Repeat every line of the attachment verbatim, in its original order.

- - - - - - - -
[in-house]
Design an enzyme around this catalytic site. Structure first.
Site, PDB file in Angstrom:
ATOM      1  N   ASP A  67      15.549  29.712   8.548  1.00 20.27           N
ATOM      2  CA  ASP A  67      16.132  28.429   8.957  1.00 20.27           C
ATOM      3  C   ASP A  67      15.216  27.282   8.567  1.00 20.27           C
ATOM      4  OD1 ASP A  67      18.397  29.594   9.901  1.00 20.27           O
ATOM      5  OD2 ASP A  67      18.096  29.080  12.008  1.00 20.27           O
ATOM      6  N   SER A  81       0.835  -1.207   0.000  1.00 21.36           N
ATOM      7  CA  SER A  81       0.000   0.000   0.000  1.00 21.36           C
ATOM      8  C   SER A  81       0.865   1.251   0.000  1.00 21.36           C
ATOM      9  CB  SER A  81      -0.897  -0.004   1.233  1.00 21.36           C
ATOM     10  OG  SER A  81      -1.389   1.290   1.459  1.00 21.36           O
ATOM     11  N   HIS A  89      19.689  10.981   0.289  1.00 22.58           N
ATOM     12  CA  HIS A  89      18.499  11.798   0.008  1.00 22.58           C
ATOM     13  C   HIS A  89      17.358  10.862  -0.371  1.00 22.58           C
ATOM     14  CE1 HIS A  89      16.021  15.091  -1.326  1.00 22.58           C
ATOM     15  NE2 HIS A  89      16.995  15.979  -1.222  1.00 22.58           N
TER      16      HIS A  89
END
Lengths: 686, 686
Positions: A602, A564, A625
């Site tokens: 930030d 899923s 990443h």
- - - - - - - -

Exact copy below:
[in-house]
Design an enzyme around this catalytic site. Structure first.
Site, PDB file in Angstrom:
ATOM      1  N   ASP A  67      15.549  29.712   8.548  1.00 20.27           N
ATOM      2  CA  ASP A  67      16.132  28.429   8.957  1.00 20.27           C
ATOM      3  C   ASP A  67      15.216  27.282   8.567  1.00 20.27           C
ATOM      4  OD1 ASP A  67      18.397  29.594   9.901  1.00 20.27           O
ATOM      5  OD2 ASP A  67      18.096  29.080  12.008  1.00 20.27           O
ATOM      6  N   SER A  81       0.835  -1.207   0.000  1.00 21.36           N
ATOM      7  CA  SER A  81       0.000   0.000   0.000  1.00 21.36           C
ATOM      8  C   SER A  81       0.865   1.251   0.000  1.00 21.36           C
ATOM      9  CB  SER A  81      -0.897  -0.004   1.233  1.00 21.36           C
ATOM     10  OG  SER A  81      -1.389   1.290   1.459  1.00 21.36           O
ATOM     11  N   HIS A  89      19.689  10.981   0.289  1.00 22.58           N
ATOM     12  CA  HIS A  89      18.499  11.798   0.008  1.00 22.58           C
ATOM     13  C   HIS A  89      17.358  10.862  -0.371  1.00 22.58           C
ATOM     14  CE1 HIS A  89      16.021  15.091  -1.326  1.00 22.58           C
ATOM     15  NE2 HIS A  89      16.995  15.979  -1.222  1.00 22.58           N
TER      16      HIS A  89
END
Lengths: 686, 686
Positions: A602, A564, A625
């Site tokens: 930030d 899923s 990443h």